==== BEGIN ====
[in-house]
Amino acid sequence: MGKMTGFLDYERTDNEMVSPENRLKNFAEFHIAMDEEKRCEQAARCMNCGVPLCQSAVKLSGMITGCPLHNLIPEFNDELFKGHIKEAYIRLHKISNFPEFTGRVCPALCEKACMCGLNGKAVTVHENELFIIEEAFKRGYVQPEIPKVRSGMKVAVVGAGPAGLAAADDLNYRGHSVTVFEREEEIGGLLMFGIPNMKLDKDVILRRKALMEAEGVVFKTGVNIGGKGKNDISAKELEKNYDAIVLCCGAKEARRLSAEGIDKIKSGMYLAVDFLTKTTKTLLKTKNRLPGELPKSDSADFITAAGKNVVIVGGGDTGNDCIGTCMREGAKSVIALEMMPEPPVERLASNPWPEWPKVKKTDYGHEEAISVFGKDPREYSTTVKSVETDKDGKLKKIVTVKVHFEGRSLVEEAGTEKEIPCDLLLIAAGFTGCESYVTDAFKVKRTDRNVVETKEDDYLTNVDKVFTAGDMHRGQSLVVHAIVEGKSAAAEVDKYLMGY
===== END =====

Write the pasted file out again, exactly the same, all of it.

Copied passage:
[in-house]
Amino acid sequence: MGKMTGFLDYERTDNEMVSPENRLKNFAEFHIAMDEEKRCEQAARCMNCGVPLCQSAVKLSGMITGCPLHNLIPEFNDELFKGHIKEAYIRLHKISNFPEFTGRVCPALCEKACMCGLNGKAVTVHENELFIIEEAFKRGYVQPEIPKVRSGMKVAVVGAGPAGLAAADDLNYRGHSVTVFEREEEIGGLLMFGIPNMKLDKDVILRRKALMEAEGVVFKTGVNIGGKGKNDISAKELEKNYDAIVLCCGAKEARRLSAEGIDKIKSGMYLAVDFLTKTTKTLLKTKNRLPGELPKSDSADFITAAGKNVVIVGGGDTGNDCIGTCMREGAKSVIALEMMPEPPVERLASNPWPEWPKVKKTDYGHEEAISVFGKDPREYSTTVKSVETDKDGKLKKIVTVKVHFEGRSLVEEAGTEKEIPCDLLLIAAGFTGCESYVTDAFKVKRTDRNVVETKEDDYLTNVDKVFTAGDMHRGQSLVVHAIVEGKSAAAEVDKYLMGY